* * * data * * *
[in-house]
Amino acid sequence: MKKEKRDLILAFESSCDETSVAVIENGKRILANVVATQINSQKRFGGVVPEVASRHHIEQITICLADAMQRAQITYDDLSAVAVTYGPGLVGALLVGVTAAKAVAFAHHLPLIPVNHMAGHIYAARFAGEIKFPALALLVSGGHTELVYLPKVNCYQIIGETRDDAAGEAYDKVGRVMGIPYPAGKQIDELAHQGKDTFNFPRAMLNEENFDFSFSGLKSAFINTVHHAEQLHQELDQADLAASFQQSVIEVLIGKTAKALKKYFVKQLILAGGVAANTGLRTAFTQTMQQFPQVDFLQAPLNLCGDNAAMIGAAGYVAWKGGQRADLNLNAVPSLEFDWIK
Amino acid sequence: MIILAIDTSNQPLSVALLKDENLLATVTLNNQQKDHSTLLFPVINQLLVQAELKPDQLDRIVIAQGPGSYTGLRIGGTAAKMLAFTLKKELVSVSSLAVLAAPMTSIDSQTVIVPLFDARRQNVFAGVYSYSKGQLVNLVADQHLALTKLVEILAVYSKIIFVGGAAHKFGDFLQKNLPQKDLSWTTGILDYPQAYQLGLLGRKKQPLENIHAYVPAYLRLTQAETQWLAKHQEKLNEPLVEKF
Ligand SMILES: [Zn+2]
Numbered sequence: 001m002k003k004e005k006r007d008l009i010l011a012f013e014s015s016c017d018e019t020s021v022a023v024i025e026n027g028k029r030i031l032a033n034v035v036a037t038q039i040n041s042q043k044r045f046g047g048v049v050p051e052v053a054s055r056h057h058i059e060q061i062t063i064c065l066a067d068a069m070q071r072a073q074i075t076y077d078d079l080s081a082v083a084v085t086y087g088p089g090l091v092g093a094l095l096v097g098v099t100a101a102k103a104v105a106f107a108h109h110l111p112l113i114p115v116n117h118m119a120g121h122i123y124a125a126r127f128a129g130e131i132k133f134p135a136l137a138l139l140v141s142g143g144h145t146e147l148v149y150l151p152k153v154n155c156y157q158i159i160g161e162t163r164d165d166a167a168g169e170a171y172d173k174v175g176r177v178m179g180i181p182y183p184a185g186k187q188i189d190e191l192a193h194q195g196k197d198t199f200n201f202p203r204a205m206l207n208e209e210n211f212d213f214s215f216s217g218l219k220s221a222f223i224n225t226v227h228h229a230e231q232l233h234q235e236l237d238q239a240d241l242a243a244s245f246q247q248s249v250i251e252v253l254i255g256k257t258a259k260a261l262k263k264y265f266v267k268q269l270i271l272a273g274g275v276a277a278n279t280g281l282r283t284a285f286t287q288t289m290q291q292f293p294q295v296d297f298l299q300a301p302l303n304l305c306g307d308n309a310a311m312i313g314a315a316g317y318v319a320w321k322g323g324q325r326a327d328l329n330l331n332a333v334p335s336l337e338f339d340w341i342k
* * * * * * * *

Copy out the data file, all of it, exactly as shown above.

[in-house]
Amino acid sequence: MKKEKRDLILAFESSCDETSVAVIENGKRILANVVATQINSQKRFGGVVPEVASRHHIEQITICLADAMQRAQITYDDLSAVAVTYGPGLVGALLVGVTAAKAVAFAHHLPLIPVNHMAGHIYAARFAGEIKFPALALLVSGGHTELVYLPKVNCYQIIGETRDDAAGEAYDKVGRVMGIPYPAGKQIDELAHQGKDTFNFPRAMLNEENFDFSFSGLKSAFINTVHHAEQLHQELDQADLAASFQQSVIEVLIGKTAKALKKYFVKQLILAGGVAANTGLRTAFTQTMQQFPQVDFLQAPLNLCGDNAAMIGAAGYVAWKGGQRADLNLNAVPSLEFDWIK
Amino acid sequence: MIILAIDTSNQPLSVALLKDENLLATVTLNNQQKDHSTLLFPVINQLLVQAELKPDQLDRIVIAQGPGSYTGLRIGGTAAKMLAFTLKKELVSVSSLAVLAAPMTSIDSQTVIVPLFDARRQNVFAGVYSYSKGQLVNLVADQHLALTKLVEILAVYSKIIFVGGAAHKFGDFLQKNLPQKDLSWTTGILDYPQAYQLGLLGRKKQPLENIHAYVPAYLRLTQAETQWLAKHQEKLNEPLVEKF
Ligand SMILES: [Zn+2]
Numbered sequence: 001m002k003k004e005k006r007d008l009i010l011a012f013e014s015s016c017d018e019t020s021v022a023v024i025e026n027g028k029r030i031l032a033n034v035v036a037t038q039i040n041s042q043k044r045f046g047g048v049v050p051e052v053a054s055r056h057h058i059e060q061i062t063i064c065l066a067d068a069m070q071r072a073q074i075t076y077d078d079l080s081a082v083a084v085t086y087g088p089g090l091v092g093a094l095l096v097g098v099t100a101a102k103a104v105a106f107a108h109h110l111p112l113i114p115v116n117h118m119a120g121h122i123y124a125a126r127f128a129g130e131i132k133f134p135a136l137a138l139l140v141s142g143g144h145t146e147l148v149y150l151p152k153v154n155c156y157q158i159i160g161e162t163r164d165d166a167a168g169e170a171y172d173k174v175g176r177v178m179g180i181p182y183p184a185g186k187q188i189d190e191l192a193h194q195g196k197d198t199f200n201f202p203r204a205m206l207n208e209e210n211f212d213f214s215f216s217g218l219k220s221a222f223i224n225t226v227h228h229a230e231q232l233h234q235e236l237d238q239a240d241l242a243a244s245f246q247q248s249v250i251e252v253l254i255g256k257t258a259k260a261l262k263k264y265f266v267k268q269l270i271l272a273g274g275v276a277a278n279t280g281l282r283t284a285f286t287q288t289m290q291q292f293p294q295v296d297f298l299q300a301p302l303n304l305c306g307d308n309a310a311m312i313g314a315a316g317y318v319a320w321k322g323g324q325r326a327d328l329n330l331n332a333v334p335s336l337e338f339d340w341i342k